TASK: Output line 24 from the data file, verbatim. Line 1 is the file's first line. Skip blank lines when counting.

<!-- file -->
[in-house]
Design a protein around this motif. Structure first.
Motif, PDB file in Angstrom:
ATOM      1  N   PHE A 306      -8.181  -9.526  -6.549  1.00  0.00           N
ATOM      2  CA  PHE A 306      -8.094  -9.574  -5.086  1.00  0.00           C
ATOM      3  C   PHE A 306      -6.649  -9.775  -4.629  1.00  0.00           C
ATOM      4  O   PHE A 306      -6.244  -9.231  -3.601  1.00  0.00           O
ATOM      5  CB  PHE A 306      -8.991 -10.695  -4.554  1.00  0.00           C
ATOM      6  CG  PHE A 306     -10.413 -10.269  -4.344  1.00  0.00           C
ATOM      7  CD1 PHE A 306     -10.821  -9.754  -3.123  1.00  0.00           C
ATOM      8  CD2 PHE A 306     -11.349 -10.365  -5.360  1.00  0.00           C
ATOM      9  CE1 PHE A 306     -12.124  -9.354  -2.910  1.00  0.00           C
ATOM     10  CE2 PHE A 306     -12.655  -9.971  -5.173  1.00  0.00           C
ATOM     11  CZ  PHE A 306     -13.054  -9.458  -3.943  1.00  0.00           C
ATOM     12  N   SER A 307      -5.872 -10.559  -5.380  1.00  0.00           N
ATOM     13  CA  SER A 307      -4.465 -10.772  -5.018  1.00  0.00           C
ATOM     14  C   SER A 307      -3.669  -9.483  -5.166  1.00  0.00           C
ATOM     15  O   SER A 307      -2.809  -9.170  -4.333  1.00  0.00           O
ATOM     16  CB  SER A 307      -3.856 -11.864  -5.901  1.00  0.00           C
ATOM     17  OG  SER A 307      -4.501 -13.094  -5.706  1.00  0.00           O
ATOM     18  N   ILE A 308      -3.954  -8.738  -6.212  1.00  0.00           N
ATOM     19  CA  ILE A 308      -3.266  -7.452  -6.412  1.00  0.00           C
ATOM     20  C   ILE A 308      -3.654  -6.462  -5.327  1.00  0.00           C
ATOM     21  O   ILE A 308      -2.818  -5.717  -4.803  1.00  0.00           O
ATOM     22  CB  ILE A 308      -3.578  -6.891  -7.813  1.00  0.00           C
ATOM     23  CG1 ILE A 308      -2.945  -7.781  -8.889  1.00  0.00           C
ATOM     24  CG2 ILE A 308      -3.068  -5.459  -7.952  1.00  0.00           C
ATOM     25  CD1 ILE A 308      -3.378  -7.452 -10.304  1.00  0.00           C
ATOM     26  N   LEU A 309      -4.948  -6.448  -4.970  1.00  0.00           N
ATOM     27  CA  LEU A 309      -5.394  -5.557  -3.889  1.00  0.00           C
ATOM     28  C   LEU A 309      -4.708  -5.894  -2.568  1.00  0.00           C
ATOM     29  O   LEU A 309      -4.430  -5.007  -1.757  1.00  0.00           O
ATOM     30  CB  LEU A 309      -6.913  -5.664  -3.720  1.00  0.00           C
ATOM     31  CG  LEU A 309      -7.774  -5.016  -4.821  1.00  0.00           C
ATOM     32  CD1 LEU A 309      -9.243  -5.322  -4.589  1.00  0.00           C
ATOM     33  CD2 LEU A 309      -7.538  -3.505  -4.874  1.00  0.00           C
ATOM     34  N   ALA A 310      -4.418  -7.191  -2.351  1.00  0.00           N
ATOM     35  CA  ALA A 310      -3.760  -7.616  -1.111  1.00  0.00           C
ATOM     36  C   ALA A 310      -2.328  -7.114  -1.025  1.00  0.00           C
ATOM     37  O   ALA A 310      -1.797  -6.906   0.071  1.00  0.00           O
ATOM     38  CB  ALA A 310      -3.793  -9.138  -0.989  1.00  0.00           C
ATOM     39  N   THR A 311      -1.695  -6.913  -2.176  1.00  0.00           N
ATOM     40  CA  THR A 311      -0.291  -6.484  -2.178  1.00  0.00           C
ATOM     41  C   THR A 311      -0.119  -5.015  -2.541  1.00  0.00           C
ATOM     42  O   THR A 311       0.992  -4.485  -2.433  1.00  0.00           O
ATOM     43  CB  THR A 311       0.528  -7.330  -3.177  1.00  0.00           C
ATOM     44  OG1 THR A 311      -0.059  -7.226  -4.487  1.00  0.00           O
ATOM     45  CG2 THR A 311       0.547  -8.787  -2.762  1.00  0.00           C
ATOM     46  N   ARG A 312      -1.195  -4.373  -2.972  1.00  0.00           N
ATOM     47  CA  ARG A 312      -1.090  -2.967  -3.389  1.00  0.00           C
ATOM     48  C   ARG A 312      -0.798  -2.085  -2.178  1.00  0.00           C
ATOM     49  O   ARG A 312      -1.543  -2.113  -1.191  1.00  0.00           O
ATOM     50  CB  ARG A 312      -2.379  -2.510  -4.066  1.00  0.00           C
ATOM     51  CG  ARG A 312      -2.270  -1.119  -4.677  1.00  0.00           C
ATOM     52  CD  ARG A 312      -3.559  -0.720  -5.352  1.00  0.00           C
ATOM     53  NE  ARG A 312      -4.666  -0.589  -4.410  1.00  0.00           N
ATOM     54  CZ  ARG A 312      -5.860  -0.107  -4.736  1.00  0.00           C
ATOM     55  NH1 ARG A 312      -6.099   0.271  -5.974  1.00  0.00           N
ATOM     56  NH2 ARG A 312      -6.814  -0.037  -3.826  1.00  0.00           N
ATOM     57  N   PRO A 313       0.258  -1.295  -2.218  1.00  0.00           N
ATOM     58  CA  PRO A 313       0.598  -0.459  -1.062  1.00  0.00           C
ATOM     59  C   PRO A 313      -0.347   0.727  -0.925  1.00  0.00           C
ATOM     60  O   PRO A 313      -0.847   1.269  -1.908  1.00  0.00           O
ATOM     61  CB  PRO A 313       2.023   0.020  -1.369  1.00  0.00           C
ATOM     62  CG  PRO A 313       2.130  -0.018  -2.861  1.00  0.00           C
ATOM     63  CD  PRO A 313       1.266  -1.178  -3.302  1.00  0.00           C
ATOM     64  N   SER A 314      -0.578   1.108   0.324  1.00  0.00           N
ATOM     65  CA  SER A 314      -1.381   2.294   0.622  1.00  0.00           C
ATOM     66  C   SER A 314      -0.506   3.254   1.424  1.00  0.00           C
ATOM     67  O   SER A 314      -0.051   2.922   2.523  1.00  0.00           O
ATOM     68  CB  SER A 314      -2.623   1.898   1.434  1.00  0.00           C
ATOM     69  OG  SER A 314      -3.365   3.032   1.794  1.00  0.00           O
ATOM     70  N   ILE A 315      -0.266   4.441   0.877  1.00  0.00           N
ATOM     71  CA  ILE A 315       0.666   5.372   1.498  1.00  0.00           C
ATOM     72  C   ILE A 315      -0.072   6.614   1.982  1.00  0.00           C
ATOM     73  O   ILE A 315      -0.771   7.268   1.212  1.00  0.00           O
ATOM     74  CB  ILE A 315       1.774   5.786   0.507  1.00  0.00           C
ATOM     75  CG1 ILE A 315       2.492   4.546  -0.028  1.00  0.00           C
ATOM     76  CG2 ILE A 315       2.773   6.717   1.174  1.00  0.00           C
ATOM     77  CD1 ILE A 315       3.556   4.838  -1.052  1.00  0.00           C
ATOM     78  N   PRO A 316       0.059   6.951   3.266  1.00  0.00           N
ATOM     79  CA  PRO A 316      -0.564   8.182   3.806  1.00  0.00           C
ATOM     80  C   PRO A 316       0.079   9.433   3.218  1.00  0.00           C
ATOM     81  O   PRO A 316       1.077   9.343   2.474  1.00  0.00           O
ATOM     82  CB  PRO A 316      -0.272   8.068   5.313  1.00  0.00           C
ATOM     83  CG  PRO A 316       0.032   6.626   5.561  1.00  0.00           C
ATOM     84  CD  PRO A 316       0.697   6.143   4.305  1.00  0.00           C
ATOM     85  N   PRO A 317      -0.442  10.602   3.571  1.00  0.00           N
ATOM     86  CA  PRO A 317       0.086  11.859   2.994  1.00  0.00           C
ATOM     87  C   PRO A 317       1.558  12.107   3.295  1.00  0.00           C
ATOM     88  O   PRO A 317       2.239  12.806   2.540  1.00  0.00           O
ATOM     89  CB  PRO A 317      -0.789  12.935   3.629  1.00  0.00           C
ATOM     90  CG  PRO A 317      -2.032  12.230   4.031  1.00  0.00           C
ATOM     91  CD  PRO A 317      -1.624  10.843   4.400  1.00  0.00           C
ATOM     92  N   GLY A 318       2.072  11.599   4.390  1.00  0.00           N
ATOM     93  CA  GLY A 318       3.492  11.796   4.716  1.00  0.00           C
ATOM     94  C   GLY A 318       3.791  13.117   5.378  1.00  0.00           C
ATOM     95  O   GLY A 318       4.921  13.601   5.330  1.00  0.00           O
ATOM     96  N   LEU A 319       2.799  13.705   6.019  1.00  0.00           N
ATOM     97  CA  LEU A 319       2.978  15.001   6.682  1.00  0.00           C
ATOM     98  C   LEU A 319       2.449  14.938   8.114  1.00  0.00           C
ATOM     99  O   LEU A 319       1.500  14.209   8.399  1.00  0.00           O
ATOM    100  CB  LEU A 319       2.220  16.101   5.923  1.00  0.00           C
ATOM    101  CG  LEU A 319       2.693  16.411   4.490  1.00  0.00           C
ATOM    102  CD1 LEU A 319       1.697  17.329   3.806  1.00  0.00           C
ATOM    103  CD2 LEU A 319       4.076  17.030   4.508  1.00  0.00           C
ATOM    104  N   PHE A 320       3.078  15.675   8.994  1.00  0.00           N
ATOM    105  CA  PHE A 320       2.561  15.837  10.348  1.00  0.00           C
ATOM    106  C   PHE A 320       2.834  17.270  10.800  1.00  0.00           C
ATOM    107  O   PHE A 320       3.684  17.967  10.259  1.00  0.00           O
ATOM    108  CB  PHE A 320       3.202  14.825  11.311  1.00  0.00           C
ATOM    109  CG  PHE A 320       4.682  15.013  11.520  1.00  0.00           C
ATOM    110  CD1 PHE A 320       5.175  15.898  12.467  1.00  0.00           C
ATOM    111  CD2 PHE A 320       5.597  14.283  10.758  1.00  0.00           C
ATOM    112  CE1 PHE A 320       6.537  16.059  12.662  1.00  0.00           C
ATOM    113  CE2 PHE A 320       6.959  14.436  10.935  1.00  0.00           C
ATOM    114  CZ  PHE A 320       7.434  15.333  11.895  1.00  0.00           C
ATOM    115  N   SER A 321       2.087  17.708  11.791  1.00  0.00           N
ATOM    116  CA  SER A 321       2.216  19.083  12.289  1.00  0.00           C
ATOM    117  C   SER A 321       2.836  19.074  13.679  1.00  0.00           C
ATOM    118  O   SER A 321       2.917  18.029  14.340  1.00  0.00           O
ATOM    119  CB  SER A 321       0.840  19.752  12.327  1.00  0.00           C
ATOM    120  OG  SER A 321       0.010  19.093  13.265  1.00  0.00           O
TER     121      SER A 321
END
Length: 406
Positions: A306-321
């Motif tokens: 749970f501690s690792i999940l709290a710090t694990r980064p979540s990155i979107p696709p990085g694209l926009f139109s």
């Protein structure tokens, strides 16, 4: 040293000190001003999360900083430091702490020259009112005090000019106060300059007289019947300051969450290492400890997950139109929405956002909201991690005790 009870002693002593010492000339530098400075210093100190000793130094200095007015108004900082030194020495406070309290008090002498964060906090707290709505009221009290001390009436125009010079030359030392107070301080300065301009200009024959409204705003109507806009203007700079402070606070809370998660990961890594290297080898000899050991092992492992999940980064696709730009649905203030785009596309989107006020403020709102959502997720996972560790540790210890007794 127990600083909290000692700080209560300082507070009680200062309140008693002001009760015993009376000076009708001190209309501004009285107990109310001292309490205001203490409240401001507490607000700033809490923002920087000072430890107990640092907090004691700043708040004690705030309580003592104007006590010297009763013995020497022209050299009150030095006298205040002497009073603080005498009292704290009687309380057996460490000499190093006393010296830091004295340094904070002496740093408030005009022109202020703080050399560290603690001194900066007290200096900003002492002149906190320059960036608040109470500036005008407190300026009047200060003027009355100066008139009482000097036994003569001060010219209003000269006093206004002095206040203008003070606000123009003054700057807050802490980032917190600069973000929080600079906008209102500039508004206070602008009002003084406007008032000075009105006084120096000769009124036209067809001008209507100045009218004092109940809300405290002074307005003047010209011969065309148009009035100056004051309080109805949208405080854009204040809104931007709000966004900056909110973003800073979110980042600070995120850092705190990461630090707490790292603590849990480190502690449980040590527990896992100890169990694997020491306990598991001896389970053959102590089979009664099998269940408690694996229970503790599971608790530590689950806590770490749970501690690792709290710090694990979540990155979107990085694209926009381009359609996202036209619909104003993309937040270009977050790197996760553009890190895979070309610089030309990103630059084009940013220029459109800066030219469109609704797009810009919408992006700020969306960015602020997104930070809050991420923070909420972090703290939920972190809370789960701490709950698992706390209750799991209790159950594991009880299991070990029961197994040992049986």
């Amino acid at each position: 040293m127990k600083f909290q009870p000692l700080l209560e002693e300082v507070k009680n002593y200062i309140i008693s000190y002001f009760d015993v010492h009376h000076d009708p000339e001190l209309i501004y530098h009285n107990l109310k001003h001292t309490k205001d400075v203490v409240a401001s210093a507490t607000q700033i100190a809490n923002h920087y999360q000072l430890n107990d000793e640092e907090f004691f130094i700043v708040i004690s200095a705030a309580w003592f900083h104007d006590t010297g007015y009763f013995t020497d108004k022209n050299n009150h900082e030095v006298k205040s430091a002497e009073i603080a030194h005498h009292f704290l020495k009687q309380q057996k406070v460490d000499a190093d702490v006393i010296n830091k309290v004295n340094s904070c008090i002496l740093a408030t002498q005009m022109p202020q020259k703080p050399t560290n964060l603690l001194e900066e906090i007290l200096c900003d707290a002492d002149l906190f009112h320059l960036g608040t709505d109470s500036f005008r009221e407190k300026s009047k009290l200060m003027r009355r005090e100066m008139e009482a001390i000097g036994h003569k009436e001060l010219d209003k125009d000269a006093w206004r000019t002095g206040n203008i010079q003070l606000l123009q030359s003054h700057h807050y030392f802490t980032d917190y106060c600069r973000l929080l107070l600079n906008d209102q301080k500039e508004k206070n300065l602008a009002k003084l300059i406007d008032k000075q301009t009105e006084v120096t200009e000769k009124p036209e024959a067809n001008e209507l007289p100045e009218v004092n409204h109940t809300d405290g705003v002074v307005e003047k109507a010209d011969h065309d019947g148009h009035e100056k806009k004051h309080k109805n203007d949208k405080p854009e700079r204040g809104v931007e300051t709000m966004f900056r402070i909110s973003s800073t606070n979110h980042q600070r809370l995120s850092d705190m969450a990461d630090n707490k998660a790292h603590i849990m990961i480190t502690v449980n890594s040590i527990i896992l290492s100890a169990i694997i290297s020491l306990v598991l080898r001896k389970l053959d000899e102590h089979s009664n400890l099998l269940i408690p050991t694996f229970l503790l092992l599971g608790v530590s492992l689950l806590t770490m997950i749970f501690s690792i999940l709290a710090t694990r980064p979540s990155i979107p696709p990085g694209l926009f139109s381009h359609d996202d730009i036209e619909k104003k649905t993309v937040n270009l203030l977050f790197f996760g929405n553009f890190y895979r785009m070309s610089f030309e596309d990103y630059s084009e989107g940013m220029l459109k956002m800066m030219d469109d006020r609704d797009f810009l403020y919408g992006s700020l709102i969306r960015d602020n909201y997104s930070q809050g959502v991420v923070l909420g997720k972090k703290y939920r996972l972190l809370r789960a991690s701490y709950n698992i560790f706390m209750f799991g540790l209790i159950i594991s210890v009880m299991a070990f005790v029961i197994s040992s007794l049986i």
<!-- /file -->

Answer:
ATOM     21  O   ILE A 308      -2.818  -5.717  -4.803  1.00  0.00           O